We have worked actively to book and conduct meetings with key business politicians in Parliament, both those who are in position and in opposition. All meetings are part of the strategy to put Norsk Reiseliv on the map and how we can elevate the tourism industry. It is important for our organisation that we are involved where something happens, contribute our expertise and that we raise the profile of the association as the unifying independent organisation in tourism. We have succeeded in this work in 2019, and this will continue in 2020. During the year, we have established a good dialogue with several key and important politicians.
We have worked with input on important tourism policy issues, as well as worked for increased focus on tourism in Parliament and ministries. We have had our own meetings with political leadership in the Ministry of Trade, Industry and Fisheries, where the theme has been our organisation and the most important challenges for tourism. We have conducted several meetings with the administration in the Ministry of Trade, Industry and Fisheries throughout the year, where three of the meetings were in the Tourism Committee. The dialogue with civil services, especially in the Ministry of Trade, Industry and Fisheries is important for the organisation, and through this work we have created good trust between the ministry and our association.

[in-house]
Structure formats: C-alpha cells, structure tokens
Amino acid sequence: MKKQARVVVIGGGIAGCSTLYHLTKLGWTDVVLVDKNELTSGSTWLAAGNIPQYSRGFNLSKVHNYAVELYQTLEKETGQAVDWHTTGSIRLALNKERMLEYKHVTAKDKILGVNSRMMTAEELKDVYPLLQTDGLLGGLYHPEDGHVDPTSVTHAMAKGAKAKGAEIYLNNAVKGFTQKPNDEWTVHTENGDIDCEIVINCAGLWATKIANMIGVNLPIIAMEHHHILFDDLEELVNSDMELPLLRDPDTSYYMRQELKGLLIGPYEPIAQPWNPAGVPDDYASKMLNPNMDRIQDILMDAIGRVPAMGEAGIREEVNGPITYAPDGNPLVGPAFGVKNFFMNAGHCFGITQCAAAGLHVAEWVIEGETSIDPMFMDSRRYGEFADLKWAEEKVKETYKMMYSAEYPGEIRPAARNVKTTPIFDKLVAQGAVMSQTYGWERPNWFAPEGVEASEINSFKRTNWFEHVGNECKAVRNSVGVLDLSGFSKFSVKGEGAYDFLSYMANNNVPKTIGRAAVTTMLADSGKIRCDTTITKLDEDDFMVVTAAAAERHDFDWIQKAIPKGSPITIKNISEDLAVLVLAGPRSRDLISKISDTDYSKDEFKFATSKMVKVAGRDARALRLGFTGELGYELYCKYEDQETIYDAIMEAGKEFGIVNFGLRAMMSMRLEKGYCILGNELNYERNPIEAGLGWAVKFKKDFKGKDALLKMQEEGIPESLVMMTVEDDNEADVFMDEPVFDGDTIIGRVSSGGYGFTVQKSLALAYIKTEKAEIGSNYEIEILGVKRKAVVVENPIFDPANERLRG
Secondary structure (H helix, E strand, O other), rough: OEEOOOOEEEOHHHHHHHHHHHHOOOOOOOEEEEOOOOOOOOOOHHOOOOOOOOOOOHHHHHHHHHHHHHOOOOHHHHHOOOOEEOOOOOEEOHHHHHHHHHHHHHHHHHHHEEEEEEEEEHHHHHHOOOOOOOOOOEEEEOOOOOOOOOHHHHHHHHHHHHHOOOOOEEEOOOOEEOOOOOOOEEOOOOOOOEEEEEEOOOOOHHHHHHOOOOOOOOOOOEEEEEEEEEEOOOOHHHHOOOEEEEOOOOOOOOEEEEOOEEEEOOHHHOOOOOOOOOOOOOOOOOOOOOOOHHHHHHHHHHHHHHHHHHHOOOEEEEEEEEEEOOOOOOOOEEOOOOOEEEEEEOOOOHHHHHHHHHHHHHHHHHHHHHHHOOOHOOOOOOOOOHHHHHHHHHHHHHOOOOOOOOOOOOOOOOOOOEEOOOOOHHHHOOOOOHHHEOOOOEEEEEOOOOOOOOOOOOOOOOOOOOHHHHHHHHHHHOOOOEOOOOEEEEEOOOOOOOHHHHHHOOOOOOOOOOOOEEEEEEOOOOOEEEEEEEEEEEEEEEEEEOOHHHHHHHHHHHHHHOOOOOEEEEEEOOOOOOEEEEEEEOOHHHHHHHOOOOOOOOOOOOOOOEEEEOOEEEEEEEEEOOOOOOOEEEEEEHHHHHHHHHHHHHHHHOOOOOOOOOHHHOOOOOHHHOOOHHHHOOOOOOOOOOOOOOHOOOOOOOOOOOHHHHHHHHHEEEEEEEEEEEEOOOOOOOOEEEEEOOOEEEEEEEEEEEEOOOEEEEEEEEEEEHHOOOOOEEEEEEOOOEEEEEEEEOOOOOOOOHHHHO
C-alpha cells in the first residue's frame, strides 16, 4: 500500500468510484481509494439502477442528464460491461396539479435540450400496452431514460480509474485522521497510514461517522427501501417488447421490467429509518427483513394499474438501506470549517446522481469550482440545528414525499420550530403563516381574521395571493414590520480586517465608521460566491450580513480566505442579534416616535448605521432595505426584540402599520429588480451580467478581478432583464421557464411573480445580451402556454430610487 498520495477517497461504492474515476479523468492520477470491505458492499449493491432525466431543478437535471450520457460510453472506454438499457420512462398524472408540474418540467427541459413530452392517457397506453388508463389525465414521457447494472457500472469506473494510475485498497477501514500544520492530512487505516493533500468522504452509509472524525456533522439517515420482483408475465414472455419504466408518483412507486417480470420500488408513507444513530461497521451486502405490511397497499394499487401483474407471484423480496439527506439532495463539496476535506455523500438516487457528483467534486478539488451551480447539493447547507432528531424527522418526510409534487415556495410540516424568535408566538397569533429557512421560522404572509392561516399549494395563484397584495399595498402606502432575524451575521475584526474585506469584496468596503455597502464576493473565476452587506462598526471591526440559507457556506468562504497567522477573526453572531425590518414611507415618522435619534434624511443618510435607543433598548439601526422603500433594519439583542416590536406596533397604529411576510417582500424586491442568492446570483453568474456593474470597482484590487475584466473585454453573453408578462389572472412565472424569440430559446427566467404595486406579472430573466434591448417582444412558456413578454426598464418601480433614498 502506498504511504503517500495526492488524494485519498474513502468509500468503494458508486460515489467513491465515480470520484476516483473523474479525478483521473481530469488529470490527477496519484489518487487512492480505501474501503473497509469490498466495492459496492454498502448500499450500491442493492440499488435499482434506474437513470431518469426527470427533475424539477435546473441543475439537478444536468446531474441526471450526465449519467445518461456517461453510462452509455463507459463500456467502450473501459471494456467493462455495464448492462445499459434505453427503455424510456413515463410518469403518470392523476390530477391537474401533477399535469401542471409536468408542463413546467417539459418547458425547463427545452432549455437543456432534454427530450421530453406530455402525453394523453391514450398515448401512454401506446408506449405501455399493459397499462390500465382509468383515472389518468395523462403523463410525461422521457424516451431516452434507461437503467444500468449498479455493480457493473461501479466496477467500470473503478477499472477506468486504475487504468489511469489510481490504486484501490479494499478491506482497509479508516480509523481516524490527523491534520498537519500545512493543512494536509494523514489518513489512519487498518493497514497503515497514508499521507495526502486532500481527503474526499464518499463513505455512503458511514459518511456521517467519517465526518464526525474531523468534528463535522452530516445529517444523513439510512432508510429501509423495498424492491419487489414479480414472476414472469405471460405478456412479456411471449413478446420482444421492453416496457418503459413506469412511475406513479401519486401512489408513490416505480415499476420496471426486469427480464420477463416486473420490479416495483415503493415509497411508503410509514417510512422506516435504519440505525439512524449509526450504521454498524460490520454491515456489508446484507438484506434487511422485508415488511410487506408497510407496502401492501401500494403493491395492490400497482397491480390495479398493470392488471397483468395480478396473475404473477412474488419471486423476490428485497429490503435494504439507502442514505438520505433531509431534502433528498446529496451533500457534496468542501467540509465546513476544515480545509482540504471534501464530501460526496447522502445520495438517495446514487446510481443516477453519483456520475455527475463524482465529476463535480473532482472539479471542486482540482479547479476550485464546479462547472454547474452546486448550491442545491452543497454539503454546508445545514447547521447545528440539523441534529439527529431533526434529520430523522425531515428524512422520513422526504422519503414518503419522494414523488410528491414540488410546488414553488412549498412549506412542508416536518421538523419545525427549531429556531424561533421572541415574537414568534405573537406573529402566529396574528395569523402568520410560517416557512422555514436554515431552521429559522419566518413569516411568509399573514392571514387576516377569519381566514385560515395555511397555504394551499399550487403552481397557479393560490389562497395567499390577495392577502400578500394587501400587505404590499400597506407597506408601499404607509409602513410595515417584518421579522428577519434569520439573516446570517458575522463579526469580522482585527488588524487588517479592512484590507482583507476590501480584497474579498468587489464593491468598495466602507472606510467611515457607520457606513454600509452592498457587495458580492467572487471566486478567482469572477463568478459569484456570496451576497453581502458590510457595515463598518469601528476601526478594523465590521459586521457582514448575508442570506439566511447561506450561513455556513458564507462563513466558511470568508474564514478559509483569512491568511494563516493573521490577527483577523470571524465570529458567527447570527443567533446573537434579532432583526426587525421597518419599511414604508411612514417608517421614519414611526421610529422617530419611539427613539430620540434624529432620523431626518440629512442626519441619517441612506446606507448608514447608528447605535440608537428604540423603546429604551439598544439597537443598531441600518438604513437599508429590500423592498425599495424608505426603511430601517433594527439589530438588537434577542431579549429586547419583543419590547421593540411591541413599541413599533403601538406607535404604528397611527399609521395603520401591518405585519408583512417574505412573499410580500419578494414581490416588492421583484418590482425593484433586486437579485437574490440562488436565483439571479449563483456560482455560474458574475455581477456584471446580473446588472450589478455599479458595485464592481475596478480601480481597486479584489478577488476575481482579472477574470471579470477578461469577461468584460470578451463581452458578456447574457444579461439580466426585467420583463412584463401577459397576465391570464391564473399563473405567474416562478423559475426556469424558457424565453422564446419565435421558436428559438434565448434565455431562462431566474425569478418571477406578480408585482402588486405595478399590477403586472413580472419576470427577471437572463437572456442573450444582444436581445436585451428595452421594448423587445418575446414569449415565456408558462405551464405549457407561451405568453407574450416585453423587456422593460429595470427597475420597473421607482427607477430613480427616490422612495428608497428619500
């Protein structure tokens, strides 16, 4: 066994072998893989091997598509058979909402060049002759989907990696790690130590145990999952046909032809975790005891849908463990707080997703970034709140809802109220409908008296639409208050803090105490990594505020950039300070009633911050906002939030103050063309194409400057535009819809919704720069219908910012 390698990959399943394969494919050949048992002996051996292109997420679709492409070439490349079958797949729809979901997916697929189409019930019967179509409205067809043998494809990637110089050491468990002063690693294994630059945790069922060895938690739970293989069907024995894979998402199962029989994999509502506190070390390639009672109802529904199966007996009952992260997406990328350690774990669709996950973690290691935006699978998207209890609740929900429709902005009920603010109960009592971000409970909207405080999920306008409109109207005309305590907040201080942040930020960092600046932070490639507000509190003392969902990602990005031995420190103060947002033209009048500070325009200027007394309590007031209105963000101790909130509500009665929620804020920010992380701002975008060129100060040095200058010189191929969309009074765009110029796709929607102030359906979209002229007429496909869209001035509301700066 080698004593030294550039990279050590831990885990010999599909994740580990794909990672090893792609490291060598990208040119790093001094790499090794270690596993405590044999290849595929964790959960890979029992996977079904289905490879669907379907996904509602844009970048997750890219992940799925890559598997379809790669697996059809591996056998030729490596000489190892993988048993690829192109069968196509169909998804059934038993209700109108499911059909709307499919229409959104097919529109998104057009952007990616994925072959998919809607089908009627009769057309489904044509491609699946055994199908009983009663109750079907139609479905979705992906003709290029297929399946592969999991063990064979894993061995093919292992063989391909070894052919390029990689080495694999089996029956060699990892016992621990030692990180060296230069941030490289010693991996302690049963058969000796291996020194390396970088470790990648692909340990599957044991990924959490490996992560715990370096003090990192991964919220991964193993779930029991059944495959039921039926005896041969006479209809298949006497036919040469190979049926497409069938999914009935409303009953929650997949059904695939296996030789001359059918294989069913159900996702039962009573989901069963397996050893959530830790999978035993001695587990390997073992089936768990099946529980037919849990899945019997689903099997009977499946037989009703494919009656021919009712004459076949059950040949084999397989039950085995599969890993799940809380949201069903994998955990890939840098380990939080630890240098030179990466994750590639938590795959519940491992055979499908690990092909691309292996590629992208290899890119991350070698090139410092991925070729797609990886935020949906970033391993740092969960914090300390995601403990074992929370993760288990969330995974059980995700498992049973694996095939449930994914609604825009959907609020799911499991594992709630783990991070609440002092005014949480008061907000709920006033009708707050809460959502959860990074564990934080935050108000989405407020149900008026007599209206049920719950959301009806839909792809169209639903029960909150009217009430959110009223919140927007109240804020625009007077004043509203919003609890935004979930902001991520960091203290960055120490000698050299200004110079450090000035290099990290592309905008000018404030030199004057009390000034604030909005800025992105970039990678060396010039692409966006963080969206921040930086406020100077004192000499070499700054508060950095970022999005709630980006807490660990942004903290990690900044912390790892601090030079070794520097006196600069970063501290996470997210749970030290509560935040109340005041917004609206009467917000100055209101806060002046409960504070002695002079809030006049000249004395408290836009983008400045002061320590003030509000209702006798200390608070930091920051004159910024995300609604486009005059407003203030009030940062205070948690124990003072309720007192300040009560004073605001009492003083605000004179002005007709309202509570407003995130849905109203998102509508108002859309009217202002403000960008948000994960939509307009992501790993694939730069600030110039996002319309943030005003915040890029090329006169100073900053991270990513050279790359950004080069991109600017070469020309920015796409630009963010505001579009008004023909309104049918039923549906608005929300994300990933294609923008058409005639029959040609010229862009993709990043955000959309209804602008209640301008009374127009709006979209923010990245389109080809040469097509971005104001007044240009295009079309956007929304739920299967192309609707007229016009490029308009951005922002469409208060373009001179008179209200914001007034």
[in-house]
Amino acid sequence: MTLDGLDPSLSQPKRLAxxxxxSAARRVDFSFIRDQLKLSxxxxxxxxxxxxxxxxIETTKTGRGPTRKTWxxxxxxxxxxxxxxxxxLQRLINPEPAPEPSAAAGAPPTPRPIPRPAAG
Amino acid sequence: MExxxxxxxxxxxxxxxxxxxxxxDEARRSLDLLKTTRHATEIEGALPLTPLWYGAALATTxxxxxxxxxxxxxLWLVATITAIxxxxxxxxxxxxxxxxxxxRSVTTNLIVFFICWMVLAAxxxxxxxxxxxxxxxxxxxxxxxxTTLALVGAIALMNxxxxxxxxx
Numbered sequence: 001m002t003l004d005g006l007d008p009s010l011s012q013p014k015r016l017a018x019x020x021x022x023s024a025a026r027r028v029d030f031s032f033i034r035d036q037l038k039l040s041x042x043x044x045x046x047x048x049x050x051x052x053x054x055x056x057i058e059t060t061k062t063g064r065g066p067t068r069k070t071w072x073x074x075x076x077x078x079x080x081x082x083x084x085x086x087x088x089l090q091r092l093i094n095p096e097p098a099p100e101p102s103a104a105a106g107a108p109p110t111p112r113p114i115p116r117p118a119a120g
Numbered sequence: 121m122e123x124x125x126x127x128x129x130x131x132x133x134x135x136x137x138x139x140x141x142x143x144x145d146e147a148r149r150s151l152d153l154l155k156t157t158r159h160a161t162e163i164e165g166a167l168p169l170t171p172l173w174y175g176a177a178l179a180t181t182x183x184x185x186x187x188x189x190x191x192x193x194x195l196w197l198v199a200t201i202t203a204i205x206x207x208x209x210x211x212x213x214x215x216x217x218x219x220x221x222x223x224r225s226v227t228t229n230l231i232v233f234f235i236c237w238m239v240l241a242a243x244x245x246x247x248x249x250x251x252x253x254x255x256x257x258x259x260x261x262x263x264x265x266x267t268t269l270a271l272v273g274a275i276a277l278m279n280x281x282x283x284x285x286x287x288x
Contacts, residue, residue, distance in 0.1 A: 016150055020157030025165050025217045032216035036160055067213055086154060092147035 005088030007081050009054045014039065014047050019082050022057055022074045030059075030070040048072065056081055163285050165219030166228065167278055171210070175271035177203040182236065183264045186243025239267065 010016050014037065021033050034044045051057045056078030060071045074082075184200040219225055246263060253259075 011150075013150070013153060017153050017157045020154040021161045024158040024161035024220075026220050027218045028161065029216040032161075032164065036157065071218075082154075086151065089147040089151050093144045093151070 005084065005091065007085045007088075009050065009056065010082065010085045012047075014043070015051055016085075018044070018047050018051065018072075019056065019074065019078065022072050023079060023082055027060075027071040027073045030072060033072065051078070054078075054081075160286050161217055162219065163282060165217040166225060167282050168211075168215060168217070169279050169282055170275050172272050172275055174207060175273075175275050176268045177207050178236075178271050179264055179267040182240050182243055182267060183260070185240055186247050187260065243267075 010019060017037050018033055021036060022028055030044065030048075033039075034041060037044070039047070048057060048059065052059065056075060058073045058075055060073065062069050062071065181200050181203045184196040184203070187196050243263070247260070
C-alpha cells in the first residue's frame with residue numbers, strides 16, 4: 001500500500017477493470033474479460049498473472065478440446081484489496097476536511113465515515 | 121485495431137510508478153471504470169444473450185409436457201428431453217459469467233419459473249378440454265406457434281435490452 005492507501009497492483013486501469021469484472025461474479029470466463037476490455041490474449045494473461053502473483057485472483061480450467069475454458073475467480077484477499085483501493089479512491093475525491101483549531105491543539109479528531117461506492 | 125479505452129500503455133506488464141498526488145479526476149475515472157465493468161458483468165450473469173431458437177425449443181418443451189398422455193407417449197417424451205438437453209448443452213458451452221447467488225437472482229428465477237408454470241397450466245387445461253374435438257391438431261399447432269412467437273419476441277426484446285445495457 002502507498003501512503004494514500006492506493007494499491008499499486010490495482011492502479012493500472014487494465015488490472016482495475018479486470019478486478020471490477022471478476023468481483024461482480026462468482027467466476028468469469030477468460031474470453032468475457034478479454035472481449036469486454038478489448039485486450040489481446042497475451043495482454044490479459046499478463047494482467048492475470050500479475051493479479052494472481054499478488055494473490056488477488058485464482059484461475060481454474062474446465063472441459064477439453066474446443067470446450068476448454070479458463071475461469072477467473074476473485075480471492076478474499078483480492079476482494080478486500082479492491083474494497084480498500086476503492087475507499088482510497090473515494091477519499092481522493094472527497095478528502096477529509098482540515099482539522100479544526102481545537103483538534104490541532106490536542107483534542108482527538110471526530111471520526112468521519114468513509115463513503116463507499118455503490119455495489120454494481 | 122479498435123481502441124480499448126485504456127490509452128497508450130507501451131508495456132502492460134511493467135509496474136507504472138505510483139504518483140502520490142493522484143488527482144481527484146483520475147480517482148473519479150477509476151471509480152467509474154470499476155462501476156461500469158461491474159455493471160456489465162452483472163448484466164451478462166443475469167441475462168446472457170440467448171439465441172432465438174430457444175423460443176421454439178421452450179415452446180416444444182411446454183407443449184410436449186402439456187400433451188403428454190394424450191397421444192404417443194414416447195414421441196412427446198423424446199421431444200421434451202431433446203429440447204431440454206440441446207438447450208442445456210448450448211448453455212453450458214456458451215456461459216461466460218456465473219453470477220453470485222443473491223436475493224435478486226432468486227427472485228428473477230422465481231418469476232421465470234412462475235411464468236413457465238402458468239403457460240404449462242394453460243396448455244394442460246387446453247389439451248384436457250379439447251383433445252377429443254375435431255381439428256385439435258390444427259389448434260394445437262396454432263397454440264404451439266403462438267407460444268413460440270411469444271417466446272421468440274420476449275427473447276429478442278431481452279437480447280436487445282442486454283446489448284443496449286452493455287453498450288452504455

Norsk Reiseliv has been an active participant in the preparation of the Roadmap for Sustainable Tourism and has participated in follow-up meetings with the Minister of Trade and Industry and the Secretaries of State for the Ministry of Trade, Industry and Fisheries and the Ministry of Climate and Environment.
There have been constructive meetings with the management of Innovation Norway, and we now have a very good collaboration. We have also had constructive meetings and conversations with the Research Council of Norway concerning an increased focus and need for funding for business-oriented tourism research.